UNITED STATES DISTRICT COURT FOR THE DISTRICT OF COLUMBIA
October 26, 2009
JACQUELINE T. ROBINSON-REEDER, PLAINTIFF,
AMERICAN COUNCIL ON EDUC. DEFENDANT.
The opinion of the court was delivered by: John D. Bates United States District Judge
This is a Title VII retaliation case brought by Jacqueline Robinson-Reeder, proceeding pro se, against her former employer, the American Council on Education ("ACE"). Before the Court are a number of motions filed by both parties:  defendant's motion for sanctions;  plaintiff's motion to prevent misuse of an electronic email account;  plaintiff's motion for an extension of time to obtain written interrogatories;  plaintiff's motion for sanctions and to compel; and  plaintiff's motion to obtain original documents in discovery.*fn1
I. Defendant's Motion for Sanctions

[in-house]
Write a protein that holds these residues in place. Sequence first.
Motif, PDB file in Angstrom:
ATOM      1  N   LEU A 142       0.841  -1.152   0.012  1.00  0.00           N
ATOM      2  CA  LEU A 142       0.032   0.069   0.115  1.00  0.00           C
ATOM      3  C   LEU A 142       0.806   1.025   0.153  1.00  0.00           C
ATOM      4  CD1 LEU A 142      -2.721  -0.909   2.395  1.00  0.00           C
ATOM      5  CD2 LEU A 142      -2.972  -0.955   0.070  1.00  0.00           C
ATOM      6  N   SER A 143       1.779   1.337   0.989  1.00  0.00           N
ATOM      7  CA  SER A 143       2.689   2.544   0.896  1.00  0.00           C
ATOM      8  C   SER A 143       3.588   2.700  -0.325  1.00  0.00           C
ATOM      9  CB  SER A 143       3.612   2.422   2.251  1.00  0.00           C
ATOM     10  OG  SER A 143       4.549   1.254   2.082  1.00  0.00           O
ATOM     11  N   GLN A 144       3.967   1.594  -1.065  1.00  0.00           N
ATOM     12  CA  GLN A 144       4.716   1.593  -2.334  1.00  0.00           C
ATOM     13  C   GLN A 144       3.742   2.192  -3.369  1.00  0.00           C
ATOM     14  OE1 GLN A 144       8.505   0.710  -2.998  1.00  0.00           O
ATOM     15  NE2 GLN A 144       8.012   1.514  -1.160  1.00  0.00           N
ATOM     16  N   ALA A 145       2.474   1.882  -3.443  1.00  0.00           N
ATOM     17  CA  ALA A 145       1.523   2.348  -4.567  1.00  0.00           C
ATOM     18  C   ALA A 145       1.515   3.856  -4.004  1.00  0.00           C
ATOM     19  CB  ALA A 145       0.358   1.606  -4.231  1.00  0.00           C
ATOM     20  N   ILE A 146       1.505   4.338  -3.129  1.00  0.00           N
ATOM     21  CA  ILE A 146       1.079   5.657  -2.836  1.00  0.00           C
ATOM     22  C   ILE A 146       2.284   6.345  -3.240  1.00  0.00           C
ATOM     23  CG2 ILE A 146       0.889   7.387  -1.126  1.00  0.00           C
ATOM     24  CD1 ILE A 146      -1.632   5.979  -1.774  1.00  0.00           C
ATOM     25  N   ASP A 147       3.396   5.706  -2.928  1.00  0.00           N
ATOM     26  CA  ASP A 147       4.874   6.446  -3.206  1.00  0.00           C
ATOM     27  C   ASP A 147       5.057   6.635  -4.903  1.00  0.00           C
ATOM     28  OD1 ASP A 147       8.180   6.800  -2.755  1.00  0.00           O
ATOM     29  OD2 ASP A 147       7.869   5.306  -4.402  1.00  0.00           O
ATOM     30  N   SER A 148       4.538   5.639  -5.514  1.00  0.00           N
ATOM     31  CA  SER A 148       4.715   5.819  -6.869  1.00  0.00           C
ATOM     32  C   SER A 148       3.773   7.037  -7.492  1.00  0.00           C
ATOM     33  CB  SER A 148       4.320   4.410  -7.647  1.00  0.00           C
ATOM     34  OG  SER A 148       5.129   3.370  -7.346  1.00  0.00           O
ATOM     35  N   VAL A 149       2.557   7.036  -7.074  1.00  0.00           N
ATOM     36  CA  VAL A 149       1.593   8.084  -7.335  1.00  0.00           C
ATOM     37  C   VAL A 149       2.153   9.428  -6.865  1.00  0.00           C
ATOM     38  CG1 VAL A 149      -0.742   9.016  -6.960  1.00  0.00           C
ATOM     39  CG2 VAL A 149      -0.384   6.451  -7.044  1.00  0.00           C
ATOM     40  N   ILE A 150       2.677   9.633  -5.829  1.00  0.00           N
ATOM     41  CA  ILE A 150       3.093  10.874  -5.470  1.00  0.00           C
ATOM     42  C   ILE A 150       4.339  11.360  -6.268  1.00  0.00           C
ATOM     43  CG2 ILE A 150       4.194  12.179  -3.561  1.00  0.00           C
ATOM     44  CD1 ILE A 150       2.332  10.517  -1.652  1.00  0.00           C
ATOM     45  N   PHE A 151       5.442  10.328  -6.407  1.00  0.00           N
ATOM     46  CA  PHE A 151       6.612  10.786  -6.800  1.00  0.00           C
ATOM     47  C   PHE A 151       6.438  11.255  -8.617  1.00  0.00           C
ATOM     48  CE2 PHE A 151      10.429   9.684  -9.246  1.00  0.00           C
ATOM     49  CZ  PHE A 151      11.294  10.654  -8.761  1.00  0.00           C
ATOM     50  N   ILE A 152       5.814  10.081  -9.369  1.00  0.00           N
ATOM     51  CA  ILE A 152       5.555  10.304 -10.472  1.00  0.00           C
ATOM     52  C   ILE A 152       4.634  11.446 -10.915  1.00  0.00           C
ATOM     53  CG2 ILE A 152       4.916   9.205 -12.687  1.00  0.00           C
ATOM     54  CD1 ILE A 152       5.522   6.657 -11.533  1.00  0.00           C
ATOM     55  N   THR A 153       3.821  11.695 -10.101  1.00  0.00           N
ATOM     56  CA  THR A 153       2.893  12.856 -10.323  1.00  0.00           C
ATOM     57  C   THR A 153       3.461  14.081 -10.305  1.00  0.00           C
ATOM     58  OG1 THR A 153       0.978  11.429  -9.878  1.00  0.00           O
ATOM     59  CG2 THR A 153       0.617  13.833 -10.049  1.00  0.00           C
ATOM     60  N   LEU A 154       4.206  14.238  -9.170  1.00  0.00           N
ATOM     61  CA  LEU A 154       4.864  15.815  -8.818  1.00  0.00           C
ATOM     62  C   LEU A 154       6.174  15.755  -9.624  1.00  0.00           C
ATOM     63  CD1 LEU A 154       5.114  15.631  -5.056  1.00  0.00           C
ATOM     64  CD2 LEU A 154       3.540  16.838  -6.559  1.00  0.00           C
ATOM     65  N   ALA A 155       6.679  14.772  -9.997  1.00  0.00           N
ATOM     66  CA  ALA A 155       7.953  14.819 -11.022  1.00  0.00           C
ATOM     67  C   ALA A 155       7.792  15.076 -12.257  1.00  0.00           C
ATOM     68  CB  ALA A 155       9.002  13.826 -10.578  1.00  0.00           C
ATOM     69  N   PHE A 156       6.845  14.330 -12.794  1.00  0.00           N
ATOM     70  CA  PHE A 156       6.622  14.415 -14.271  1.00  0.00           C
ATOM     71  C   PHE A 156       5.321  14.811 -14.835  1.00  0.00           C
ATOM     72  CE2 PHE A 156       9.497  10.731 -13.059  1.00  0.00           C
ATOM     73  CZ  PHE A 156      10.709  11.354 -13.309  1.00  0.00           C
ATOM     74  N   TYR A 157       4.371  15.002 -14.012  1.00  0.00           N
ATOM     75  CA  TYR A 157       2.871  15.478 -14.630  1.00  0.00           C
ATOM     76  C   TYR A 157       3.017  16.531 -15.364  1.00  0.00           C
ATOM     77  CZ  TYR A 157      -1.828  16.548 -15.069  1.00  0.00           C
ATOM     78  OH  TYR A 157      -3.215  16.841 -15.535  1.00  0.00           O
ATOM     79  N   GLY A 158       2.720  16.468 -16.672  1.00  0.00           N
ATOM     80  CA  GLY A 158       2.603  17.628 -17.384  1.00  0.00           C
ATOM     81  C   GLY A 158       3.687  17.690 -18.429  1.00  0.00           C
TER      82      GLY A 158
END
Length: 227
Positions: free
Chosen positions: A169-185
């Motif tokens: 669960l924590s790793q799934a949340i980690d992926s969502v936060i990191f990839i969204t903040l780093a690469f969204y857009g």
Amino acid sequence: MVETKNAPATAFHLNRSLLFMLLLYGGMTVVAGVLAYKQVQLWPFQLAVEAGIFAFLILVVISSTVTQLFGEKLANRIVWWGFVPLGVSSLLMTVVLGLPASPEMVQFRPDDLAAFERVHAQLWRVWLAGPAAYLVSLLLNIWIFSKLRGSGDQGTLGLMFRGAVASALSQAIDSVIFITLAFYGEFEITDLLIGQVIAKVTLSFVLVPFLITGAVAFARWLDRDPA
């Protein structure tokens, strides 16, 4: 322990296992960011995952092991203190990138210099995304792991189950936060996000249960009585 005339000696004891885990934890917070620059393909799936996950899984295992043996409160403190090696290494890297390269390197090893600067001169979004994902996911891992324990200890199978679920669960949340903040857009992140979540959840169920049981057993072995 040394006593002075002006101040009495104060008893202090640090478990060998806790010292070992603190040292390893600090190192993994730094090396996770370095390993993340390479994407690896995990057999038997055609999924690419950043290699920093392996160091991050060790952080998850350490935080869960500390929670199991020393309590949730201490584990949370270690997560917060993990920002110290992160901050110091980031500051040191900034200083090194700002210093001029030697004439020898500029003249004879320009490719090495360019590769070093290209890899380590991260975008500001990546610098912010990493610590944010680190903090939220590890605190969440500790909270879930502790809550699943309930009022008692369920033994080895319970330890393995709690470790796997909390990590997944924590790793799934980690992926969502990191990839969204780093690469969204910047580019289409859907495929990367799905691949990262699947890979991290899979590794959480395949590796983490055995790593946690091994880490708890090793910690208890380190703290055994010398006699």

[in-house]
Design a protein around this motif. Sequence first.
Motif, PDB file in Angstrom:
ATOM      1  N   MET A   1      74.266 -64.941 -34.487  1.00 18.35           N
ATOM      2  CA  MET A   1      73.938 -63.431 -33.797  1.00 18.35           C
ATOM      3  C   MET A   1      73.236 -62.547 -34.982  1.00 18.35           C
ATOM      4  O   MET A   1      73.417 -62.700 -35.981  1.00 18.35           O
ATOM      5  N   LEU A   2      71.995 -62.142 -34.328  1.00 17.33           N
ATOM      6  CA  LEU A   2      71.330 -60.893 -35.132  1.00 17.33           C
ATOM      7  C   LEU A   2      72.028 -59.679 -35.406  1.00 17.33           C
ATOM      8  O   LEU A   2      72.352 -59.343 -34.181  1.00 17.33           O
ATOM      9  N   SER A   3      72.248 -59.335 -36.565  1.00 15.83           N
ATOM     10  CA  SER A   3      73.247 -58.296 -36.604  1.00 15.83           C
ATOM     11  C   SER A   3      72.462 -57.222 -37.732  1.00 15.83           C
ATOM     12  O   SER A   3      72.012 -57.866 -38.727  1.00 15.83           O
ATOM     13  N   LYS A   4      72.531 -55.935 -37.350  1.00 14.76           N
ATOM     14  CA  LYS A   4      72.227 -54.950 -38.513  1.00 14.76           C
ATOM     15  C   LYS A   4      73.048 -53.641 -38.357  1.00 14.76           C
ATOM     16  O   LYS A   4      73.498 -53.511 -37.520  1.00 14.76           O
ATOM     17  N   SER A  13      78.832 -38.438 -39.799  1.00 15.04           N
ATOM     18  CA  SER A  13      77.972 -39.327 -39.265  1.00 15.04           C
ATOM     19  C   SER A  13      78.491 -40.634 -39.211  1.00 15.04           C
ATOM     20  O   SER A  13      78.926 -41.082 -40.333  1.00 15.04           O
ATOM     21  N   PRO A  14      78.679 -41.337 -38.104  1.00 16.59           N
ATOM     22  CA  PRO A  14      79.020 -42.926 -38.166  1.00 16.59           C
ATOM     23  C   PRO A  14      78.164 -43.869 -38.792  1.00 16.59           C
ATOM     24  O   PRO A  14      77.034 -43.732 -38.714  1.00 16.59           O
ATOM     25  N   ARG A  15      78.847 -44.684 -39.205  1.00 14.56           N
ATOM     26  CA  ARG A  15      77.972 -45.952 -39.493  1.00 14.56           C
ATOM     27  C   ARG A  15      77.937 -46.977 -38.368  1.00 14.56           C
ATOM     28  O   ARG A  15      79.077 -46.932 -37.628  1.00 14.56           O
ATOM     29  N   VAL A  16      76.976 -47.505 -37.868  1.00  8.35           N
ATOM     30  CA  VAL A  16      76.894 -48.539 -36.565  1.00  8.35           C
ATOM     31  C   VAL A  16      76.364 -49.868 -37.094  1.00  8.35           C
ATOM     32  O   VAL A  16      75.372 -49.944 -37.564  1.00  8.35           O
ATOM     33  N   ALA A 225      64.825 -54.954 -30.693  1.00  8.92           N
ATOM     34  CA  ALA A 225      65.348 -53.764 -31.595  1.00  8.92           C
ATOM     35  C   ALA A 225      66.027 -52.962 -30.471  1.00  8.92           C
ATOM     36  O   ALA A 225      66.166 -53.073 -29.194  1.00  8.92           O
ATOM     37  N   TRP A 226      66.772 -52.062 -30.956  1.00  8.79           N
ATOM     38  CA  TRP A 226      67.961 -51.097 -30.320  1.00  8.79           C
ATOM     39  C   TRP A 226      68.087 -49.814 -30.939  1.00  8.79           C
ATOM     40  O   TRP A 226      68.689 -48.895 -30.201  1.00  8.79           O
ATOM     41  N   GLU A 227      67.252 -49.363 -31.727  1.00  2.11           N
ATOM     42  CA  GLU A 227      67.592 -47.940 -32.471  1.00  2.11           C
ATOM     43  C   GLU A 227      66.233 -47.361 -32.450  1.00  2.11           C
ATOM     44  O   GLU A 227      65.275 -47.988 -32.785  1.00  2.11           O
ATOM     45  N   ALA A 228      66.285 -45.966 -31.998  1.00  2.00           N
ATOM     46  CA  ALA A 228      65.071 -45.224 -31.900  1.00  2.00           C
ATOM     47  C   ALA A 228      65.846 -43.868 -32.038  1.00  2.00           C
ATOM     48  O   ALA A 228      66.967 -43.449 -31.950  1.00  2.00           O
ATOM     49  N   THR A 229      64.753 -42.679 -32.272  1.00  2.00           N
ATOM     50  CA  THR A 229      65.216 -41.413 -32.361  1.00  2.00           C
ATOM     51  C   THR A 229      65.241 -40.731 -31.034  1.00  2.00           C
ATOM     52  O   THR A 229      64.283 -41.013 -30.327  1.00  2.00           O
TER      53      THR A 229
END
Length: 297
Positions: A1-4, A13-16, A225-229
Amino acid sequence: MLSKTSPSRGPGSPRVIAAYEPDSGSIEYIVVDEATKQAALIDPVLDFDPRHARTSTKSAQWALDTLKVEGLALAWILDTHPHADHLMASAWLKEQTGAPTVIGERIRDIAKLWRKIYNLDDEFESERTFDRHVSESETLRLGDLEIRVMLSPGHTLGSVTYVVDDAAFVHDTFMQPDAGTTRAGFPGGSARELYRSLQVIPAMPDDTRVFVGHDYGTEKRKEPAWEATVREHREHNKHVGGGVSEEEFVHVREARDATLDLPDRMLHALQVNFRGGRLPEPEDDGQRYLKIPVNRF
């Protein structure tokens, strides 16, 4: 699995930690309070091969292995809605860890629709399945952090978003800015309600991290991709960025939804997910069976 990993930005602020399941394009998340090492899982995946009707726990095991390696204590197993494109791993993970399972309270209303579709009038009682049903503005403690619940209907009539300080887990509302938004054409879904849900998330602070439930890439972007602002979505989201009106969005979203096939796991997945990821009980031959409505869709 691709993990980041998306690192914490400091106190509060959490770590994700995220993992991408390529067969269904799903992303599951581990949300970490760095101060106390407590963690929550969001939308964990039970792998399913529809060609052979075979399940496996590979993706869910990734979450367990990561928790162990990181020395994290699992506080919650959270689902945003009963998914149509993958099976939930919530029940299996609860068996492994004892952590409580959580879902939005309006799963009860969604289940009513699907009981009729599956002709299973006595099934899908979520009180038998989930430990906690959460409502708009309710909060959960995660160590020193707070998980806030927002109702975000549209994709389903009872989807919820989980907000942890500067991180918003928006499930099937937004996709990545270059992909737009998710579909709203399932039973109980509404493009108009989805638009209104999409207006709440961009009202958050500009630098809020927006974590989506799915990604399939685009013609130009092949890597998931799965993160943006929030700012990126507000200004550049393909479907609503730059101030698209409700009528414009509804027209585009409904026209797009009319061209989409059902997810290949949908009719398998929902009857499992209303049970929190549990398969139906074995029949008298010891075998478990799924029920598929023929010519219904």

ACE has filed  a motion for sanctions under Federal Rule of Civil Procedure 37(b)(2)(A) based on Ms. Robinson-Reeder's failure to serve initial disclosures on June 24, 2009, as required by the Court. See Minute Order, June 9, 2009. Although ACE concedes that Ms. Robinson-Reeder provided some discovery on June 24, 2009, her filing allegedly did not contain the information required by Federal Rule of Civil Procedure 26(a)(1). See Def.'s Mot. for Sanctions [Docket Entry 53], at 1; id., Exhibit A ("Plaintiff's Reply to First Set of Interrogatories/Requests for Production and Admission"). For her part, Ms. Robinson-Reeder responds that her discovery filing satisfied the Federal Rules and therefore "Defendant appears to be arguing about the answers of the plaintiff." Pl.'s Opp'n to Def.'s Mot. for Sanctions [Docket Entry 55], at 5. She suggests that defendant's argument is overwrought, as she should not be held to the standard of an attorney responding to initial disclosures. Id. at 5. In any event, ACE's "request specifically stated 'answer the questions to the best of your ability.'" Id.